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Christie’s Respectable but Unspectacular Impressionist/Modern Sale

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Where’d everyone go? (Christie’s, about two-thirds though the Impressionist/modern marathon)
I think I pretty much got it right in my art-market musings for WNYC‘s Morning Edition, airing today. But you can listen later and judge for yourself.
Here’s a quick recap of tonight’s somewhat humdrum but solid sale at Christie’s:
The hammer-price total was $349.99 million ($394.98 million with buyers premium), near the low end of the presale estimate of $348.65-$487.45 million. The biggest surprise was the geographical distribution of the buyers: 48.5% American, 24% European, 3% Asian, 1.5% Russian, 1.5% Latin American and 21.5% others. Americans had been expected to play a weaker role, due to the weaker dollar.
The only electricity in the room was reserved for Matisse‘s “L’Odalisque, Harmonie Bleue,” which set an auction record for the artist at $33.64 million. Some 17 of the 91 works in this overly long sale failed to find buyers—a larger percentage of buy-ins than at the comparable Christie’s sales last November or last May.
The St. Louis Art Museum’s deaccessioned Metzinger, estimated at $700,000-$1 million, fetched a hammer price of $2.1 million ($2.39 million with buyers premium), trouncing the previous auction record for the artist. But its Matisse and Renoir both sold slightly below their estimates.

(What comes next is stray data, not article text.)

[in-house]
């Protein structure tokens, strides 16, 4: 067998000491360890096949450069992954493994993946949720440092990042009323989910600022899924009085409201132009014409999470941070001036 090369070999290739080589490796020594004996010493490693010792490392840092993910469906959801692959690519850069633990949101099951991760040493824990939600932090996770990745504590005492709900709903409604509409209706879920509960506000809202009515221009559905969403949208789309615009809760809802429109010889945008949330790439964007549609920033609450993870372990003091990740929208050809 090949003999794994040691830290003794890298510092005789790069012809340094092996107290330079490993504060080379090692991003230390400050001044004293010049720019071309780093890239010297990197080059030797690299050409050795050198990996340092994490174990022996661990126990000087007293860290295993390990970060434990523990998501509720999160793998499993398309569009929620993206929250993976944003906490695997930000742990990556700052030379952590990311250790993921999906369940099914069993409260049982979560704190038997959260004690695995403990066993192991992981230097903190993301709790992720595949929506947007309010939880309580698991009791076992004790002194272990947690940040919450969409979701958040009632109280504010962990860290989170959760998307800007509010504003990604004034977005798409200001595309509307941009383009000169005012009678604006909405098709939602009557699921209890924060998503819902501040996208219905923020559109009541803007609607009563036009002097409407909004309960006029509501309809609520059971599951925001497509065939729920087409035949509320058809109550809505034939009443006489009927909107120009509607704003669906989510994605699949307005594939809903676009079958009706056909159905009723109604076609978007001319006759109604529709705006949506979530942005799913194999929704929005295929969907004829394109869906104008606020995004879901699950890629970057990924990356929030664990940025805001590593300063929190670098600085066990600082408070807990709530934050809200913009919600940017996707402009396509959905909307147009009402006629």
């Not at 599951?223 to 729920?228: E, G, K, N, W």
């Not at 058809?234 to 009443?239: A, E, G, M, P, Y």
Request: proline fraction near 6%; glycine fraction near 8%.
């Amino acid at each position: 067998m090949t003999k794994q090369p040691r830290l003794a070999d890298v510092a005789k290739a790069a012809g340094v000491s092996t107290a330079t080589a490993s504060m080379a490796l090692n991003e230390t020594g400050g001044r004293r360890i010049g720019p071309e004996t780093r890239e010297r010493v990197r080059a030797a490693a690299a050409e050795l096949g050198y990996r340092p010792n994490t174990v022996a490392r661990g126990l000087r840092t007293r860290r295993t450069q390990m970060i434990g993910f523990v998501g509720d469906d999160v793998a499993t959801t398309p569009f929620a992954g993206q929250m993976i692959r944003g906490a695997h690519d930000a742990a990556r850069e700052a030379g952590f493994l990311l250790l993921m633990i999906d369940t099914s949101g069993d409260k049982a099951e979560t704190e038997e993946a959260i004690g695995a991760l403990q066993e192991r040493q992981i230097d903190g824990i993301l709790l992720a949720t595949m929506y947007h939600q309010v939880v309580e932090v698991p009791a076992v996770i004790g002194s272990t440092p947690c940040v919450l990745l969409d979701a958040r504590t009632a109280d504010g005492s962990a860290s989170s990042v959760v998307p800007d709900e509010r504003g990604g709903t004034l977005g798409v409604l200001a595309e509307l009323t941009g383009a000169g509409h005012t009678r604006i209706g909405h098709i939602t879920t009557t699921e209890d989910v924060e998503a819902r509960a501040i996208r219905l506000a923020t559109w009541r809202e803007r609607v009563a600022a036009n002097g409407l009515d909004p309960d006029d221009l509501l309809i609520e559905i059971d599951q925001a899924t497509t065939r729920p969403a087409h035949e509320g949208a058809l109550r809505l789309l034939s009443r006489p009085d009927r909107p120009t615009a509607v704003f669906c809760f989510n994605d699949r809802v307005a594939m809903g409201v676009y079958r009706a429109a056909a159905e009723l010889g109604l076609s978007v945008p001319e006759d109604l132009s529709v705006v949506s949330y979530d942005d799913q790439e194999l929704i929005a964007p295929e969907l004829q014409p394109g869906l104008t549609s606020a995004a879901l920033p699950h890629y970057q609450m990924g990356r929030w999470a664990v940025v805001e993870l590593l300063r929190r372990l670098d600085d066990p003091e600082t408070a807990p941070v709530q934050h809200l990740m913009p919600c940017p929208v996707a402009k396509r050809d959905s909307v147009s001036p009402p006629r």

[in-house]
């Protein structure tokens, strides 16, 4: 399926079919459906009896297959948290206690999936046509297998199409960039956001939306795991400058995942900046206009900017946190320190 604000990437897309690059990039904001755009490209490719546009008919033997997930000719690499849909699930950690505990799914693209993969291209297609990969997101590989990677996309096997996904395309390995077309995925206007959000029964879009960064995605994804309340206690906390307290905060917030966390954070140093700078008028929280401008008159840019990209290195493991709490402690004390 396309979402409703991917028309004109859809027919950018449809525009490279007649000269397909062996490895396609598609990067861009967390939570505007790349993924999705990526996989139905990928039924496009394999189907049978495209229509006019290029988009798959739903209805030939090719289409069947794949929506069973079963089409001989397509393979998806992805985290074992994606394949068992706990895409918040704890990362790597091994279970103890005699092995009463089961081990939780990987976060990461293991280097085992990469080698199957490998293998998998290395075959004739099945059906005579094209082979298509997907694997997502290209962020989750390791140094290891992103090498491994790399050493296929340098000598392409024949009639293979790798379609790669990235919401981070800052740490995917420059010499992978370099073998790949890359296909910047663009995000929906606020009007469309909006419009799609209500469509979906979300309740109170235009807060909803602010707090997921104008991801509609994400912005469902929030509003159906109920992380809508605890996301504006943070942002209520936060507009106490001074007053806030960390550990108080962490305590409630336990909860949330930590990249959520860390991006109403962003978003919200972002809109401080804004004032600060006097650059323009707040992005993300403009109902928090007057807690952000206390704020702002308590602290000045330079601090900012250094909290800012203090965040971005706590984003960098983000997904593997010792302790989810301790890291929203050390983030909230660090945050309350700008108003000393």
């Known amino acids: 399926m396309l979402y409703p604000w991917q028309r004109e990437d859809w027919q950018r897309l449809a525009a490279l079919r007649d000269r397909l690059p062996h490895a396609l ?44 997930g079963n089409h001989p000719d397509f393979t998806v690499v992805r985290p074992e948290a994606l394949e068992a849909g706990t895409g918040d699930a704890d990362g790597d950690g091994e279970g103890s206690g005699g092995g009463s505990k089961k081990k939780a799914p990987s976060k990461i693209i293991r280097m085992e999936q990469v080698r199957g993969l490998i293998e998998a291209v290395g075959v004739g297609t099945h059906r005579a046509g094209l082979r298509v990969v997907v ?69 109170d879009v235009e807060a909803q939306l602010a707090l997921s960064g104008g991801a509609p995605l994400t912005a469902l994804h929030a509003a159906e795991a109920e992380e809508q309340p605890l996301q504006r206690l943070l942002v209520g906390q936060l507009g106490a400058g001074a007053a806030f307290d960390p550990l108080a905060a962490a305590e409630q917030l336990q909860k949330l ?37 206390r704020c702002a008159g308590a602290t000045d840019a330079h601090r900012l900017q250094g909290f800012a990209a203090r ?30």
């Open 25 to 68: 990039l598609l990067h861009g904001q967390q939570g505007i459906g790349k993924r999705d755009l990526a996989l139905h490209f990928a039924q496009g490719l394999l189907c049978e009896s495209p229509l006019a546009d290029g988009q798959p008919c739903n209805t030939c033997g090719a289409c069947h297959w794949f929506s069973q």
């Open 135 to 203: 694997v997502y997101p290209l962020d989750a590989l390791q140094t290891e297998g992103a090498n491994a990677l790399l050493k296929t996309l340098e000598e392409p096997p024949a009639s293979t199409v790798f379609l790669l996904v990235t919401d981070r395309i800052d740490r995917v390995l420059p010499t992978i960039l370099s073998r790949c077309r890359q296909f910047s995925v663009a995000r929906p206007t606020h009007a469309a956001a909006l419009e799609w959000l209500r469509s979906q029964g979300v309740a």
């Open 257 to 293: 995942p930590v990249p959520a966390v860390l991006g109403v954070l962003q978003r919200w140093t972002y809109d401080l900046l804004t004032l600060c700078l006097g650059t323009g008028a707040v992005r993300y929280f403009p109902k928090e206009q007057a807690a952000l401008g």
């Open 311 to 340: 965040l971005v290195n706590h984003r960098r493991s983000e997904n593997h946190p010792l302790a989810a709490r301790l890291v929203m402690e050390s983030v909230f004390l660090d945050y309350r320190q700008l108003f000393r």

By the last third of the sale, the place was about two-thirds empty. The remaining people shuffled out at the end looking slightly numb. The evening possessed none of the ebullience of the last two seasons.
I suspect there may be more buzz at Sotheby’s tomorrow, where the total presale estimate range, $355-494 million, is slightly higher for 15 fewer works. I’m guessing that the Tahitian Gauguin, the Picasso bronze bust of Dora Maar, the Schiele self-portrait and maybe the late van Gogh landscape and a couple of Picasso paintings could generate some sparks. Dora Maar already got off to a good start last night at Christie’s, where Picasso’s 1941 painting of her head on a pedestal was knocked down at $14.5 million, compared to an estimate of $6.5-8.5 million.
Do you think the buyer plans to corner the Maar head-on-a-pedestal market by acquiring the bronze, also conceived in 1941, at Sotheby’s tonight? That could prove a lot pricier.

an ArtsJournal blog